Throughout the past year in gaming, no conversation has been more alive with discussion and derision than NFTs. Non-Fungible Tokens — originally a side project in the new wave of interest regarding cryptocurrency outside of Bitcoin — have come a long way from confusion regarding ownership of digital art, to now being regarded as the hottest new way for finances to thrive in your videogames.
Where do they come from? What do they do? Why has everyone suddenly taken notice? These are all valid questions that require more than just a hefty explanation. This is what this article hopes to solve, as we explain in brief (No, really) the bare necessities of this new craze. A craze that has tech-bros salivating, publishers grinning, and gamers filled with animosity towards the idea of passive income infecting their favourite games.
There is one stipulation before we begin, and that’s the angle of this article. From a personal standpoint, I see no point in the idea of implementing NFTs into games and find their practices are ones we’ve seen in the past. However, this is an opinion that doesn’t exactly go against the grain, so this piece serves as purely informational, not educational, in the hopes you can extract your own opinion from it.
Without further ado, get your right-click ready, and let us begin.
What are NFTs?
Non-Fungible Tokens are, in their most basic essence, proof of ownership, for the original creator of the artwork, and the customer who purchases it. An artist will choose some of their work to sell, which can range from artwork, to videos, to digital assets like models of people and items, and choose a marketplace that tends to specialize in NFTs, like OpenSea.
From there, any and all business involving the artist's work is placed into the blockchain, which is essentially a large uneditable public ledger. In the case of NFTs, it will verify and attribute the creation of the NFT to one specific person, along with any transactions involving it. There are many different blockchains, each of them possessing different qualities and detriments, but that controversy is in due time.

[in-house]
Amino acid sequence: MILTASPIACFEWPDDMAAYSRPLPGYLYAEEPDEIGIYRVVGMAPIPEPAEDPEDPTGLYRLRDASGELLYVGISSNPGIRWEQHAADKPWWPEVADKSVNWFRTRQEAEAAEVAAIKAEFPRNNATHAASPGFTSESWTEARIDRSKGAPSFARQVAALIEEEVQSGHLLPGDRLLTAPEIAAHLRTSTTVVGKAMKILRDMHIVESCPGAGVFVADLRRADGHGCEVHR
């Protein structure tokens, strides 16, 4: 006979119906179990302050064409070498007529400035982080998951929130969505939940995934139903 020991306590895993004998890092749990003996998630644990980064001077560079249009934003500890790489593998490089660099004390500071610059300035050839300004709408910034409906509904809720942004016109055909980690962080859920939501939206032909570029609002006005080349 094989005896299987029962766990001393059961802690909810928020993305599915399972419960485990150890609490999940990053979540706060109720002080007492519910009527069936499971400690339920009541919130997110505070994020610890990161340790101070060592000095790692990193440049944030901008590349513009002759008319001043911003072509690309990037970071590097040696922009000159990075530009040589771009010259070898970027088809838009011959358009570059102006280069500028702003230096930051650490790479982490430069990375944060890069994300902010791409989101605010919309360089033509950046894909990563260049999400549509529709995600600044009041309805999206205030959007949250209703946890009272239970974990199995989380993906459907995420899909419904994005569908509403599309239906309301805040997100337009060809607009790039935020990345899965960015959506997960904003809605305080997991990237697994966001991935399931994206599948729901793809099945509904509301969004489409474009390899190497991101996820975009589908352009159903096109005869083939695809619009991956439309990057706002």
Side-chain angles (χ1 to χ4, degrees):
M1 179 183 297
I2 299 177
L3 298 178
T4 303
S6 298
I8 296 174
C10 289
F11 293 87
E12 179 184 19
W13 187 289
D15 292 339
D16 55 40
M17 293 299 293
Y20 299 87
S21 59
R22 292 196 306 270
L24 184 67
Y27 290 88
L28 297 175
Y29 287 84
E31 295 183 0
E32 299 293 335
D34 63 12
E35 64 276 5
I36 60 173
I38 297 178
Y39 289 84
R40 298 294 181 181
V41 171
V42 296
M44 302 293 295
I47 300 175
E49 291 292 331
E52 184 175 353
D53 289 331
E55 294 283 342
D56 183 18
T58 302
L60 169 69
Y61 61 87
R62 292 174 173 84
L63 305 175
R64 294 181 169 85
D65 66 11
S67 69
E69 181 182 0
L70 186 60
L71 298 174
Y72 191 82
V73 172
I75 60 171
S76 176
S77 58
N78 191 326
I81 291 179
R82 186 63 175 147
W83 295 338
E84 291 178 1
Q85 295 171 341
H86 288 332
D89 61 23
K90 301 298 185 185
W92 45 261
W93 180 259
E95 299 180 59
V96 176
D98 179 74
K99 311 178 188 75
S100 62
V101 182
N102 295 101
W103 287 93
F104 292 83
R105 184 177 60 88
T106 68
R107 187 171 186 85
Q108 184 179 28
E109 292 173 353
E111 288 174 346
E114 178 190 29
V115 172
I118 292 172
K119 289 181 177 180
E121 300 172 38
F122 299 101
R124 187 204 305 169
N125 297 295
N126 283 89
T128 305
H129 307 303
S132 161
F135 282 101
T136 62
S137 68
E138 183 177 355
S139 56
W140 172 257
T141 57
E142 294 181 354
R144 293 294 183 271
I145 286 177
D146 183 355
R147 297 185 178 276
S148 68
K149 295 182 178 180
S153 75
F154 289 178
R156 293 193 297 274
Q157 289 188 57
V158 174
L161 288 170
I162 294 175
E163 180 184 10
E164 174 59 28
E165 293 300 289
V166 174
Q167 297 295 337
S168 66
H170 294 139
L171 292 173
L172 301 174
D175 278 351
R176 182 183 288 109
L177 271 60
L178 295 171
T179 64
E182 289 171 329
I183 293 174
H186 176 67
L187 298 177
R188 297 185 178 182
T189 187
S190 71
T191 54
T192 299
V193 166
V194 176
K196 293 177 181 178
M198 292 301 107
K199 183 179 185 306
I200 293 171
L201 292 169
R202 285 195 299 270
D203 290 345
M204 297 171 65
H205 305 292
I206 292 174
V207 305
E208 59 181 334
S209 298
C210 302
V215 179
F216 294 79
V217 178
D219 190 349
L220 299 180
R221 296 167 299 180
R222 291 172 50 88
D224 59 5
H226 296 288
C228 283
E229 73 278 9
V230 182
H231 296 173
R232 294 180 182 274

A large part of the “charm” surrounding NFTs is that the most popular merchants of them tend to use procedural generation in their creation. You may have noticed brands like the Bored Ape Yacht Club (BAYC) or Lazy Lions generating thousands of their avatars for sale on NFT marketplaces, pushing for this idea of individualism. In any case, both specific and randomized collections of NFT do cover the market.
What’s The Sell With NFTs?
This is a question marred in many buzzwords, all of them not even vaguely encompassing the one angle which is driving all of this: Money. The one main angle is that due to the NFTs' permanent residence on blockchain technology, it allows the original creator to generate kickback income from any and all purchases involving their created asset, which is objectively good. It allows artists to retain that work through permanence online, without theft of said work.
Still, most of that is thanks to the idea of decentralized finance, the concept that everyone is now in control of their own money. It’s sovereignty over wealth, or rather without the hassle of a third party like banks or credit card companies. This is possible due to advancements in something called “Web3”, a new concept of the World Wide Web that allows for such decentralization. This quote from Blockchainhub Berlin explains it as best it can:
If we assume that the WWW has revolutionized information and the Web2 revolutionizes interactions, the Web3 has the potential to revolutionize agreements and value exchange. It changes the data structures in the backend of the Internet, introducing a universal state layer, o en by incentivizing network actors with a token.